- Poster Presentation
- Open Access
Altered signaling in anti-estrogen-resistant human breast cancer cells
© BioMed Central 2005
- Published: 17 June 2005
- Resistant Cell
- Human Breast Cancer Cell Line
- Resistant Cell Line
- Estrogen Receptor Expression
Breast cancer patients with advanced disease often benefit from endocrine therapy. However, many patients develop acquired resistance to treatment after a period of response. In the Department of Tumor Endocrinology we have established several human breast cancer cell lines with acquired anti-estrogen resistance through long-term treatment with different anti-estrogens. These cell lines have been used for our studies of the signaling pathways, which may be activated in cells with acquired anti-estrogen resistance.
Analysis of the expression of genes known to be important for human breast cancer has revealed that the majority of the anti-estrogen-resistant breast cancer cell lines have decreased estrogen receptor expression and signaling. However, increased expression of phosphorylated PKB/Akt (p-Akt) and Akt kinase activity was observed in several anti-estrogen-resistant cell lines. The PI3 kinase is an upstream signaling molecule for Akt, and inhibition of PI3-kinase activity with wortmannin or LY294002 deceases the level of p-Akt. Both PI3-kinase inhibitors inhibited growth of the resistant cells. However, wortmannin displayed a more profound growth inhibitory effect on anti-estrogen-resistant cell lines than on parental MCF-7 cells. Treatment with the novel Akt inhibitor SH-6 resulted in a very strong growth inhibition of three resistant cell lines overexpressing p-Akt, whereas the parental MCF-7 cells were significantly less growth inhibited.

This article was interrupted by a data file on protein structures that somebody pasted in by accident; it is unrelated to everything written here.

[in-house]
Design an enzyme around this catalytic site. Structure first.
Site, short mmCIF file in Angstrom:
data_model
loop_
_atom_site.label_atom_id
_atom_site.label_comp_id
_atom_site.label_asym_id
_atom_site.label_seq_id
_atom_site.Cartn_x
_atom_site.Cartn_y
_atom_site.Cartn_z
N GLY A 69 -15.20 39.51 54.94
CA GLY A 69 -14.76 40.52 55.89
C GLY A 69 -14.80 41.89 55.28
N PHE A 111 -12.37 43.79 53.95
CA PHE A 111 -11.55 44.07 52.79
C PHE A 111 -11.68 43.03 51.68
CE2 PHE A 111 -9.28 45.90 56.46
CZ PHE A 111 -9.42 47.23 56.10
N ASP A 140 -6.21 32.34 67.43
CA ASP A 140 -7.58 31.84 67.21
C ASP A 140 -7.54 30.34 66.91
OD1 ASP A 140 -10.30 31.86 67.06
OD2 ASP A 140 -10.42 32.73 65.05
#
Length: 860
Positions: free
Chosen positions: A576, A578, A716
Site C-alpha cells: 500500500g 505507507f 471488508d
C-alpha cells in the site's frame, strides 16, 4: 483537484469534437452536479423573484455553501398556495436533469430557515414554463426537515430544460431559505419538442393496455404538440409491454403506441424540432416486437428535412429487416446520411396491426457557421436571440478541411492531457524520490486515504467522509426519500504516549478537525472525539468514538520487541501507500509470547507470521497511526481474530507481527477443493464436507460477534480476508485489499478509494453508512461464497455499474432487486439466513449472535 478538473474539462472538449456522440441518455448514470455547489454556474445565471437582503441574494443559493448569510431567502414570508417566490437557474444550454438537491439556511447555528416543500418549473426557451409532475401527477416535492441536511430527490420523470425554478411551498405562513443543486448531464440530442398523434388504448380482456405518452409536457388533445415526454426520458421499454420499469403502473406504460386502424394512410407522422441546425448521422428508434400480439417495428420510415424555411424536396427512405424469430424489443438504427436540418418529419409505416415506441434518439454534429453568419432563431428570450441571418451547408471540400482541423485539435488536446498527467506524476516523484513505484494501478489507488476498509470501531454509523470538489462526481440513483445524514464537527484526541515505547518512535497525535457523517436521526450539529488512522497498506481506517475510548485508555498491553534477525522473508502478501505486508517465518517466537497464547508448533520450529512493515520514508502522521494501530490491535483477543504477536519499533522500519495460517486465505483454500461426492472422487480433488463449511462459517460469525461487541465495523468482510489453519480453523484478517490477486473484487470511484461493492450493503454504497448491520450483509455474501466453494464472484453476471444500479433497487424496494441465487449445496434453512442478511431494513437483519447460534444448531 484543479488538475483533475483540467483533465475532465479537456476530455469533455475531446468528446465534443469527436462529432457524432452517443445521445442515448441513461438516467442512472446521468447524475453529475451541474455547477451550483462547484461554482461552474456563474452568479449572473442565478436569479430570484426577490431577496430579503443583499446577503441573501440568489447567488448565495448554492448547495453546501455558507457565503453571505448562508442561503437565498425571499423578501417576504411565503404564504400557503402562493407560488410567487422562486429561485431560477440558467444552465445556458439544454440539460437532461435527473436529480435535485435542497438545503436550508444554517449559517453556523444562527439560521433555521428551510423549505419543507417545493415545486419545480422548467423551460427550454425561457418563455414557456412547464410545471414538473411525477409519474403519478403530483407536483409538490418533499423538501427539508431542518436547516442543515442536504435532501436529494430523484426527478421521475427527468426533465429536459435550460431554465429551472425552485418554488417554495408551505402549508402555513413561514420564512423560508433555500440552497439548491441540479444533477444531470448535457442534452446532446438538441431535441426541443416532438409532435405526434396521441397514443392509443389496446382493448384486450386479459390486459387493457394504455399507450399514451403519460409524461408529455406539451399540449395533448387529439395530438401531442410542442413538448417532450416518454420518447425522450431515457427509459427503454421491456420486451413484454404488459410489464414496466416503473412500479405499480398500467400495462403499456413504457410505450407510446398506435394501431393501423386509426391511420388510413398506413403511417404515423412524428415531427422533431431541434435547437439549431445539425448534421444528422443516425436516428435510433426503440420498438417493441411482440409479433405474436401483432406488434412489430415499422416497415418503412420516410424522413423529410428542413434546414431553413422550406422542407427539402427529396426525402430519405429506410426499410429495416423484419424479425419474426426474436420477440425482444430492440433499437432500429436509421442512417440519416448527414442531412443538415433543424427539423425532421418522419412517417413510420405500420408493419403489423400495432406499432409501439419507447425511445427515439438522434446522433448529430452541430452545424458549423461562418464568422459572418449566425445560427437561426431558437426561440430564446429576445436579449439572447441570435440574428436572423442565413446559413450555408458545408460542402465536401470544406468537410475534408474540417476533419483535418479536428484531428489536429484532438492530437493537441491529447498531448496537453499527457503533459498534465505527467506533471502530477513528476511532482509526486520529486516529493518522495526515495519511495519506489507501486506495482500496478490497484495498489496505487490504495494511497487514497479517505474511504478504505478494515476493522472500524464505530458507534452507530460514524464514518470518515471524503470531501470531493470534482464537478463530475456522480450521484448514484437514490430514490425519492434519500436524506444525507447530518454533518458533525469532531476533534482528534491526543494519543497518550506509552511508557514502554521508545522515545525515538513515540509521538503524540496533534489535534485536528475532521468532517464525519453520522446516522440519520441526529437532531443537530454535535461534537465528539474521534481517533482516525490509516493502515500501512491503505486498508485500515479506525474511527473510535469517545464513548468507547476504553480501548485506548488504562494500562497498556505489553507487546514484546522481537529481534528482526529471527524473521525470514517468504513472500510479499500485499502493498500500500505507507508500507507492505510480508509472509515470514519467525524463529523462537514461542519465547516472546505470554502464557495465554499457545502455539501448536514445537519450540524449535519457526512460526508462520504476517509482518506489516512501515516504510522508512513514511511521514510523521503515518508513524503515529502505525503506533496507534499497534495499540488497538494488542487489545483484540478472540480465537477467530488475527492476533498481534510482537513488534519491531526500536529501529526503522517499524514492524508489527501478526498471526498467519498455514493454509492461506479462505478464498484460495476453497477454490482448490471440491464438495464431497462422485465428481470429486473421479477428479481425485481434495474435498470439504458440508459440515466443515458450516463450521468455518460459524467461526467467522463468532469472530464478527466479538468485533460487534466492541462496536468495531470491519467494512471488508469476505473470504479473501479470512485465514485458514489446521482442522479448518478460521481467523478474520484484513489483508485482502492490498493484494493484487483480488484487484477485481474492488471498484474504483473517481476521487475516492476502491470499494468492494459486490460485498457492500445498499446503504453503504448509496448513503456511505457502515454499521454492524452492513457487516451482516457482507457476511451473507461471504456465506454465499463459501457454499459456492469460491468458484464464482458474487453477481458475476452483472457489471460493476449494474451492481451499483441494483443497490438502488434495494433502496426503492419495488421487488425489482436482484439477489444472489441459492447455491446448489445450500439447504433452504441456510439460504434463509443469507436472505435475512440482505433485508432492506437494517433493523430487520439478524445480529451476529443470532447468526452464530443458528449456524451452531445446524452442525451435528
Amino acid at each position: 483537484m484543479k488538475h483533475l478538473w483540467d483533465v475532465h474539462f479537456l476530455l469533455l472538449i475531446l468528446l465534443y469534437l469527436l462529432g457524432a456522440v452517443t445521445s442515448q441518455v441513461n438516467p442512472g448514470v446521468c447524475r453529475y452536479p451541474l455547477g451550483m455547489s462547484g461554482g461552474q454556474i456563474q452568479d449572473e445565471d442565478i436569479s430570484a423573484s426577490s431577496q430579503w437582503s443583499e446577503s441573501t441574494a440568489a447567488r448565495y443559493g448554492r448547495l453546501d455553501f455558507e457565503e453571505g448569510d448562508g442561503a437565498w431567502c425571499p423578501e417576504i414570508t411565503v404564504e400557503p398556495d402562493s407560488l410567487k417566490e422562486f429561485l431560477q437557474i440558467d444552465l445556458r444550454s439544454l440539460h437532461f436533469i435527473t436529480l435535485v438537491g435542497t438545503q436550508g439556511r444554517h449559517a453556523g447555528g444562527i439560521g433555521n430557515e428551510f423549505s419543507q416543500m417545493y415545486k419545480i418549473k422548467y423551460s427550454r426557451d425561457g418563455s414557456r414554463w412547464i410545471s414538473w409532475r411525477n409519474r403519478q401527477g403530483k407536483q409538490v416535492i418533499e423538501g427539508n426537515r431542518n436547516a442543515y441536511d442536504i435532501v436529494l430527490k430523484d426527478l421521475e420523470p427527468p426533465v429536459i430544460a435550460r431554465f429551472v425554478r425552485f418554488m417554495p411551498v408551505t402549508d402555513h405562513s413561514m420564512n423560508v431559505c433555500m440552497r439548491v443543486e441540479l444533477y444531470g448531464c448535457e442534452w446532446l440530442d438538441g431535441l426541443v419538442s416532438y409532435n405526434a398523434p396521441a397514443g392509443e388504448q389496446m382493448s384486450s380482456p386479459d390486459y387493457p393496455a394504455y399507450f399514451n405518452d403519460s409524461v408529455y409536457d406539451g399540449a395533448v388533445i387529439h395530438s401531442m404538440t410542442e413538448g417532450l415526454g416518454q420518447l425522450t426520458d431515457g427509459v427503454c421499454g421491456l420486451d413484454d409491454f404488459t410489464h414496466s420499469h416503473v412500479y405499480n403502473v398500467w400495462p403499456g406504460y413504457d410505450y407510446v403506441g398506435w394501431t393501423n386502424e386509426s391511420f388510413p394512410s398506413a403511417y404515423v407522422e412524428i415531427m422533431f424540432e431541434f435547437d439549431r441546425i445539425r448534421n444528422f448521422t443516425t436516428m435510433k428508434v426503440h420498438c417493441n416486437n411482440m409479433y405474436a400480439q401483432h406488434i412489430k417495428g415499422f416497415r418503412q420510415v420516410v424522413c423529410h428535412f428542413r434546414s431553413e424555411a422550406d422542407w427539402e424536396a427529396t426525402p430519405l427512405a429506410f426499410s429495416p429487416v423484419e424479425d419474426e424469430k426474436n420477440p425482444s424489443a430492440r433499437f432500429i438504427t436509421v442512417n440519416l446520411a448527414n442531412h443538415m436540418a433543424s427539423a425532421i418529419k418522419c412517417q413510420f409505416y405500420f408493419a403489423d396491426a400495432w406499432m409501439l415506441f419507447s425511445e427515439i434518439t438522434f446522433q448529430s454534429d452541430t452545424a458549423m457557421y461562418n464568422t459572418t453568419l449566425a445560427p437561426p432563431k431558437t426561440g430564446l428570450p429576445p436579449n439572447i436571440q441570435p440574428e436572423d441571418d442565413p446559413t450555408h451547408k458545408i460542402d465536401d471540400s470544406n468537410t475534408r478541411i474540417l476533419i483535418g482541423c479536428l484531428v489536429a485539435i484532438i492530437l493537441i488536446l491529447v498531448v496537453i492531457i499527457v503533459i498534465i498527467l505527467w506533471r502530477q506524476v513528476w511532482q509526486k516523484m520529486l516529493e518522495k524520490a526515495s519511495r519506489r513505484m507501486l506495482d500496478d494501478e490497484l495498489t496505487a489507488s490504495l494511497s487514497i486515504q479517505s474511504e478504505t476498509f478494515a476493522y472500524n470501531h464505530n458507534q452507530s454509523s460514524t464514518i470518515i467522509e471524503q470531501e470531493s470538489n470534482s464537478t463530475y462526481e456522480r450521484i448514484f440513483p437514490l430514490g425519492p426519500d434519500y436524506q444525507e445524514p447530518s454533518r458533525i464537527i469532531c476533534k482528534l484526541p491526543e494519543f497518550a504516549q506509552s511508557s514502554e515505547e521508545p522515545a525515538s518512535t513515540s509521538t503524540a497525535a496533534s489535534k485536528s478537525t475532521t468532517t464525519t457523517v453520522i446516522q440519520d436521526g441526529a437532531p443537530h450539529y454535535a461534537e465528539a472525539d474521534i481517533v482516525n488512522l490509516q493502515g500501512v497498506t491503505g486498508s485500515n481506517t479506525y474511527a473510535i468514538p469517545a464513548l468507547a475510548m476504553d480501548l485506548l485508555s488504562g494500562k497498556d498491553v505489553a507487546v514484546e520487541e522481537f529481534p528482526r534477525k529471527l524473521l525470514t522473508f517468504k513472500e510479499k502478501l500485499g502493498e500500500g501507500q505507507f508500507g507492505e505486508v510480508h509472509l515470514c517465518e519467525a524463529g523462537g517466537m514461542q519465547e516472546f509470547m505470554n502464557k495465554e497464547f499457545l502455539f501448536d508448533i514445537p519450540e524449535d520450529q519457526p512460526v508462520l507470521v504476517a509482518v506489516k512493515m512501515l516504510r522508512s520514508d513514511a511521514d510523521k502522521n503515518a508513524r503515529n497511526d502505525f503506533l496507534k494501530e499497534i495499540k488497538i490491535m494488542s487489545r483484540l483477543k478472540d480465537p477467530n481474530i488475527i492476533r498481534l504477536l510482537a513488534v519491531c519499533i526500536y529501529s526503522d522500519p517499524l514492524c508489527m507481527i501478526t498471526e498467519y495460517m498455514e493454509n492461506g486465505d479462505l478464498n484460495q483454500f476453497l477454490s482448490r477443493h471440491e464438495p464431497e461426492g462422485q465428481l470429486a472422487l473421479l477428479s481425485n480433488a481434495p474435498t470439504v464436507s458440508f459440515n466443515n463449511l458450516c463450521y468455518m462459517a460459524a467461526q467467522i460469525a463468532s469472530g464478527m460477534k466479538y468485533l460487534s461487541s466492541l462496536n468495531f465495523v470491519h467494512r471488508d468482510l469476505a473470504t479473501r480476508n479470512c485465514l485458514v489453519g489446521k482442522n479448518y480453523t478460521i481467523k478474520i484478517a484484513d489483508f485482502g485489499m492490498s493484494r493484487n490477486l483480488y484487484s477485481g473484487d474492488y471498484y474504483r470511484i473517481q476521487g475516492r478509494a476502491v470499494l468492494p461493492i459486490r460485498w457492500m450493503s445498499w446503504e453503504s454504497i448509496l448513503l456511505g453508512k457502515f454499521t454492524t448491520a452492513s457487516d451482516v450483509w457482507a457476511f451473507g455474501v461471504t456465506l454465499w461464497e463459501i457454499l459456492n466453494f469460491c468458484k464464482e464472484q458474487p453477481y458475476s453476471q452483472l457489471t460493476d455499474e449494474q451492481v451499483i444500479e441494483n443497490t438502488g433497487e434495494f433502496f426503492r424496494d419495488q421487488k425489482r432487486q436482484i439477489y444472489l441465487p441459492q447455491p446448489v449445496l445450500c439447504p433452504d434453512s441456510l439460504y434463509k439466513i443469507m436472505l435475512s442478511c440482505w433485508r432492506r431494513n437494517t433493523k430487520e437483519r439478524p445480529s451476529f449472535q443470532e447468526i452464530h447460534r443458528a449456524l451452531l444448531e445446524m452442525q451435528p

It was investigated whether the increased level of p-Akt in the resistant cells was due to signaling from IGF-IR and IRS-1, or whether it resulted from decreased PTEN activity. Both involvement of IGF-IR and PTEN could be excluded.
At present, our working hypothesis is that anti-estrogen-resistant human breast cancer cell lines with an increased p-Akt level require signaling via activated Akt to survive and maintain growth in the presence of the anti-estrogen. Studies on clinical material will be important to evaluate whether anti-estrogen-resistant tumors overexpress p-Akt and whether Akt may be a target for treatment of anti-estrogen-resistant breast cancer.